What is the appropriate amount of risk information when engaging patients in the context of direct-to-consumer (DTC) prescription drug advertising? The FDA has issued a notice that it is accepting public comment on a study that will “investigate the impact of limiting the risks presented in DTC prescription drug television ads to those that are serious and actionable, and including a disclosure to alert consumers that there are other product risks not disclosed in the ad.”
It’s an interesting and important question among so many interactions at the individual level whether it be through traditional advertising or even social media. The concept of the engaged and informed patient is a cornerstone in the ongoing conversation about better health outcomes. However, more information may come at a cost to the patient when it comes to comprehending the complete message in the advertisement. The FDA study attempts to investigate this conundrum:
There is concern that as currently implemented in the DTC ads, the major statement is often too long, which may result in reduced consumer comprehension, minimization of important risk information and, potentially, therapeutic noncompliance due to fear of side effects. At the same time, there is concern that DTC TV ads do not include adequate risk information or leave out important information. These are conflicting viewpoints. A possible resolution is to limit the risks in the major statement to those that are serious and actionable, and include a disclosure to alert consumers that there are other product risks not included in the ad.
However, even when a patient is empowered with information (e.g., the risks of side effects) at any level of detail she must also engage her physician — not only for beginning a treatment plan but also for continuing this interaction to measure health outcomes, which might that also include possible side effects.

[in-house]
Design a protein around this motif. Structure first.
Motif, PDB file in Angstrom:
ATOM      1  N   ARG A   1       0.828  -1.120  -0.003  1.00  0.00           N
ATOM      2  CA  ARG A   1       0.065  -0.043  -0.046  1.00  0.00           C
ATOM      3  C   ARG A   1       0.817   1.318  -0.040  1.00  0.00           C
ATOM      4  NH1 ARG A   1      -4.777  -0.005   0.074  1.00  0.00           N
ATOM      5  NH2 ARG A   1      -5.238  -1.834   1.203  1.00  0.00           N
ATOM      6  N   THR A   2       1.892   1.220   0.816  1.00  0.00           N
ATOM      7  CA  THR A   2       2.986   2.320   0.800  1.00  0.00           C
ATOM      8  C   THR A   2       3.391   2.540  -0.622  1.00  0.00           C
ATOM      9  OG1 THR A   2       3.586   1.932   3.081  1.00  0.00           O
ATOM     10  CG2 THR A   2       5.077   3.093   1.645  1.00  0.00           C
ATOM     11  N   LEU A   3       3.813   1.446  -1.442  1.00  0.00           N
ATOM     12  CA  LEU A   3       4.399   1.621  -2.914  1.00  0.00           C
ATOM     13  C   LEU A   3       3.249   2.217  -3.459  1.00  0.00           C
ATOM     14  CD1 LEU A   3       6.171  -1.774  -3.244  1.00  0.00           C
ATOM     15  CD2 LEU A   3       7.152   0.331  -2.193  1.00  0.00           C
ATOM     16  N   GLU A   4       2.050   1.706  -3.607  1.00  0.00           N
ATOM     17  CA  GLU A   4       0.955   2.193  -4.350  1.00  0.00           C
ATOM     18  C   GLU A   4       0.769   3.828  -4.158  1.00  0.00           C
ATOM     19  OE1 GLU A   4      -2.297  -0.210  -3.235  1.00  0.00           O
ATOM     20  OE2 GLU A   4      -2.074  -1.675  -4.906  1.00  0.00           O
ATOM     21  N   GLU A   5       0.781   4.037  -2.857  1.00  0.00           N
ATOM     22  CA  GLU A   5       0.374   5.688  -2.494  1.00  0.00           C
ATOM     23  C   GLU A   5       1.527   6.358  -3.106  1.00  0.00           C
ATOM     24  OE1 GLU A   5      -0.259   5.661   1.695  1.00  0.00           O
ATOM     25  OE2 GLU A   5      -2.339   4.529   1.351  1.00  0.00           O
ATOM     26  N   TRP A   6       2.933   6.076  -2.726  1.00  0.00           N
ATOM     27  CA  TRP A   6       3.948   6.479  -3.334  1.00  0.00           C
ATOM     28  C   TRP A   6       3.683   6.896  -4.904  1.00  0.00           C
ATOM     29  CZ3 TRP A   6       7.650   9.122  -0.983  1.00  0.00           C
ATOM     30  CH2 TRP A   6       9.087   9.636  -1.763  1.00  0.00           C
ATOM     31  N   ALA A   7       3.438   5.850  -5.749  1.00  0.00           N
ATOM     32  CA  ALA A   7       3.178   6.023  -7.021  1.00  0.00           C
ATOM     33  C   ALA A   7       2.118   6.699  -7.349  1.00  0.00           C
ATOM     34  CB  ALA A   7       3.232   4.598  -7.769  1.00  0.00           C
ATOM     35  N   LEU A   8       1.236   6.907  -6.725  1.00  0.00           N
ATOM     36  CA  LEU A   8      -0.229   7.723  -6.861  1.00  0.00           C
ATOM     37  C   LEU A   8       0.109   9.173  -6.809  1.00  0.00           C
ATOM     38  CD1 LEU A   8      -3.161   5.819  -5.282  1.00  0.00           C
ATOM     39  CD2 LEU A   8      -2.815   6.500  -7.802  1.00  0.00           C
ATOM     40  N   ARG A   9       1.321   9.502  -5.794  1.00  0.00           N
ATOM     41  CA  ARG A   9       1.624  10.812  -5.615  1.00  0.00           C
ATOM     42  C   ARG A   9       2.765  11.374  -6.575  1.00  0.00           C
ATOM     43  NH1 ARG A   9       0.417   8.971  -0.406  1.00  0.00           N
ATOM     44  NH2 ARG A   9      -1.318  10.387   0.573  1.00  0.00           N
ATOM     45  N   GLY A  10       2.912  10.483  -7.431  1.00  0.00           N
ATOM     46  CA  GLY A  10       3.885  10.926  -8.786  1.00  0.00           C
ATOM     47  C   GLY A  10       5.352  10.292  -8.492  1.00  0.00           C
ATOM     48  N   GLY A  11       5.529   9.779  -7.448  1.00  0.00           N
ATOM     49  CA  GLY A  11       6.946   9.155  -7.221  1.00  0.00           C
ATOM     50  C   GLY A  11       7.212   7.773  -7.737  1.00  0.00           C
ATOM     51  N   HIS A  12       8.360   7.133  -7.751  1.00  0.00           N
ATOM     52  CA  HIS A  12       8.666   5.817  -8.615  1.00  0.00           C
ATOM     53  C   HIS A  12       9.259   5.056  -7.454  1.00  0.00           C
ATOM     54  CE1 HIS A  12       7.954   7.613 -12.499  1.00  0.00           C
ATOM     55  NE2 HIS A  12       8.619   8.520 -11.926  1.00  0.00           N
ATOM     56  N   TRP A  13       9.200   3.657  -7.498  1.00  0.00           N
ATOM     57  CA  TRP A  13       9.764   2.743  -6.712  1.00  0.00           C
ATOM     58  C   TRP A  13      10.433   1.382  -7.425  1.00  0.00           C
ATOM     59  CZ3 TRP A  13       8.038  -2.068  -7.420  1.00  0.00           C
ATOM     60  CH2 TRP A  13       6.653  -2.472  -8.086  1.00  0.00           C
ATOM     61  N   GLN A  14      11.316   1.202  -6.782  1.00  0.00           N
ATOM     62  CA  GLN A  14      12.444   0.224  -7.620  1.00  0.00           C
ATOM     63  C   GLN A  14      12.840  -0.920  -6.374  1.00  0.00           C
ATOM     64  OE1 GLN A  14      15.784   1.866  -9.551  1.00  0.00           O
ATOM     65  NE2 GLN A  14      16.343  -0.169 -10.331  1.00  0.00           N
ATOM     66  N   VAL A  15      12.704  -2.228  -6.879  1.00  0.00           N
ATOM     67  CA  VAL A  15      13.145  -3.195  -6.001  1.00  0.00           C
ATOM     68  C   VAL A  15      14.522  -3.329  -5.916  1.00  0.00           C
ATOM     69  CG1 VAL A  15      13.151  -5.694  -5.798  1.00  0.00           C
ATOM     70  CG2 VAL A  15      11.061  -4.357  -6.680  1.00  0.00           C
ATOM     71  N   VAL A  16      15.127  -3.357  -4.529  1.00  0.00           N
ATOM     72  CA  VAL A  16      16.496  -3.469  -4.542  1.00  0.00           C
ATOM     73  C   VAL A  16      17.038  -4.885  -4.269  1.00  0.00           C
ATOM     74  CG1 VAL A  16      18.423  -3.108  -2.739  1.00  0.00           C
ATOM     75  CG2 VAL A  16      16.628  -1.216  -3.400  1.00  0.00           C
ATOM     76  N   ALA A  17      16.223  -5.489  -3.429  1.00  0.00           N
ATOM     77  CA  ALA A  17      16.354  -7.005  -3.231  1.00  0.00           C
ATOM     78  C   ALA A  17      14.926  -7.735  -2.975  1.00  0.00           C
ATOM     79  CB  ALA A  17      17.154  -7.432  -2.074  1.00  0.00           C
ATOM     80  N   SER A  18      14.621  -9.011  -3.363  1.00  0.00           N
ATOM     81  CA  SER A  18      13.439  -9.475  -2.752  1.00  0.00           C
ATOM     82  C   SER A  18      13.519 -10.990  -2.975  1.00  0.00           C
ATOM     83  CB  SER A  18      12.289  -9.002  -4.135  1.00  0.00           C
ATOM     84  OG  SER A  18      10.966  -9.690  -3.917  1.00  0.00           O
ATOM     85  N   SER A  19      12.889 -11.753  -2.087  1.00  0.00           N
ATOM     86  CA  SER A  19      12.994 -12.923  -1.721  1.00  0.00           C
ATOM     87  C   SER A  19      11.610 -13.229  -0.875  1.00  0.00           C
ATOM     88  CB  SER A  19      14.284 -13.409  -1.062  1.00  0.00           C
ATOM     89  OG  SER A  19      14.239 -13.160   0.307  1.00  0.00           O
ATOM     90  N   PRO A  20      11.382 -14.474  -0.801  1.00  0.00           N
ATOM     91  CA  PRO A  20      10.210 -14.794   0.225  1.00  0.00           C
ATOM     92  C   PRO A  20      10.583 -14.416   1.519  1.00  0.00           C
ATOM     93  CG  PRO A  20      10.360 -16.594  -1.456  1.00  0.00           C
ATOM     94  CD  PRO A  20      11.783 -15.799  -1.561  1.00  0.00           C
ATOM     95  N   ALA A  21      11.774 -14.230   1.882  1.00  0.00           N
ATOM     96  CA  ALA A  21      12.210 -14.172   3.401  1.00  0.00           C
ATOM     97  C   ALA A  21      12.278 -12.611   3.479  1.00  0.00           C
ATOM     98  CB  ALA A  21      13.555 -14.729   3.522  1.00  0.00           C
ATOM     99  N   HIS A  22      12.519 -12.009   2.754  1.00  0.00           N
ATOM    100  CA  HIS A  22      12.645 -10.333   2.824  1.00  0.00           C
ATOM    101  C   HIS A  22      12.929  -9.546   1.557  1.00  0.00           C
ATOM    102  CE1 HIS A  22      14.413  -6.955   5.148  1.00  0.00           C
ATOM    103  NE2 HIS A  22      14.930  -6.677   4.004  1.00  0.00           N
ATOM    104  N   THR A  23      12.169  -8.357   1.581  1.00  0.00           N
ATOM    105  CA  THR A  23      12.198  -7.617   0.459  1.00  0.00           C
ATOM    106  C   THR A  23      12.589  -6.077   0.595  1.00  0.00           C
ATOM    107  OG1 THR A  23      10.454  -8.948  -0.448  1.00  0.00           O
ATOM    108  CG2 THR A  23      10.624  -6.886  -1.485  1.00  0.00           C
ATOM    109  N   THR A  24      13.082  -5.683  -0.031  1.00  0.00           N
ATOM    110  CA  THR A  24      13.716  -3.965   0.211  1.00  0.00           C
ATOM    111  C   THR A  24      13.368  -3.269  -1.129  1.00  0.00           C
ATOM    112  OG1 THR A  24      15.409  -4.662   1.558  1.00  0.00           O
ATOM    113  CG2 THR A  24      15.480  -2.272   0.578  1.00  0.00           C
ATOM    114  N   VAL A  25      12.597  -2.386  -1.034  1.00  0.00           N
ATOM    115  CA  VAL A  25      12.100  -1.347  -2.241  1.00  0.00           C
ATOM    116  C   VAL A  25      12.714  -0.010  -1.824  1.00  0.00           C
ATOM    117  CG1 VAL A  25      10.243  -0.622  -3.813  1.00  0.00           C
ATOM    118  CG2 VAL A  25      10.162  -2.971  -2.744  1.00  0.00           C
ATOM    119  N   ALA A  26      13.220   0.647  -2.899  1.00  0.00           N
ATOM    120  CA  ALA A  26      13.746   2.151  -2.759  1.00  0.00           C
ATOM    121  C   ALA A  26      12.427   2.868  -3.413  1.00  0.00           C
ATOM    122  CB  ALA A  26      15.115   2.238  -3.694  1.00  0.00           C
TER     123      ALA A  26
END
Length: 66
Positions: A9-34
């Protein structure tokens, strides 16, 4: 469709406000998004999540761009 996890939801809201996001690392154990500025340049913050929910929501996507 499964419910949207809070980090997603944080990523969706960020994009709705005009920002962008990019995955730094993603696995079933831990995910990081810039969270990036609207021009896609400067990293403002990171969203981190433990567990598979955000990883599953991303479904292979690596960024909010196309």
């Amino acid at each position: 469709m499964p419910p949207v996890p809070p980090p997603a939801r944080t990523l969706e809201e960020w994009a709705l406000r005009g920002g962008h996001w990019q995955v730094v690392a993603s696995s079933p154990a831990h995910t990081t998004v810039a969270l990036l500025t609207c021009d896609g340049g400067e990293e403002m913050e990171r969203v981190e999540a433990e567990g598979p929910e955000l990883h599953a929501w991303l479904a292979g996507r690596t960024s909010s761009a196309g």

The FDA invites comments on four topics with regard to this investigation:
1. whether the proposed collection of information is necessary for the proper performance of FDA’s functions, including whether the information will have practical utility;
2. the accuracy of FDA’s estimate of the burden of the proposed collection of information, including the validity of the methodology and assumptions used;
3. ways to enhance the quality, utility, and clarity of the information to be collected; and
4. ways to minimize the burden of the collection of information on respondents, including through the use of automated collection techniques, when appropriate, and other forms and other forms of information technology.
So one question might be whether or not it really matters how much the disclosures of prescription drug risks are limited in DTC ads given that the physician-patient interaction remains at the heart of the treatment plan. These disclosures may be overwhelming for the layperson, and in the context of the patient’s electronic health record represent a subset of even more information that requires the advice and interpretation of her physician(s).
Robert Green is the author of Community Healthcare: Finding a Common Ground with New Expectations in Healthcare. Through his physician client relationships, Bob has gained substantial insight regarding the daily challenges that medical professionals and their staffs face, such as regulatory issues, financial management, and clinical collaboration through the use of health IT. His process of making both interpersonal and purposeful connections within the organization results in improved employee performance and confidence and enhanced client experience.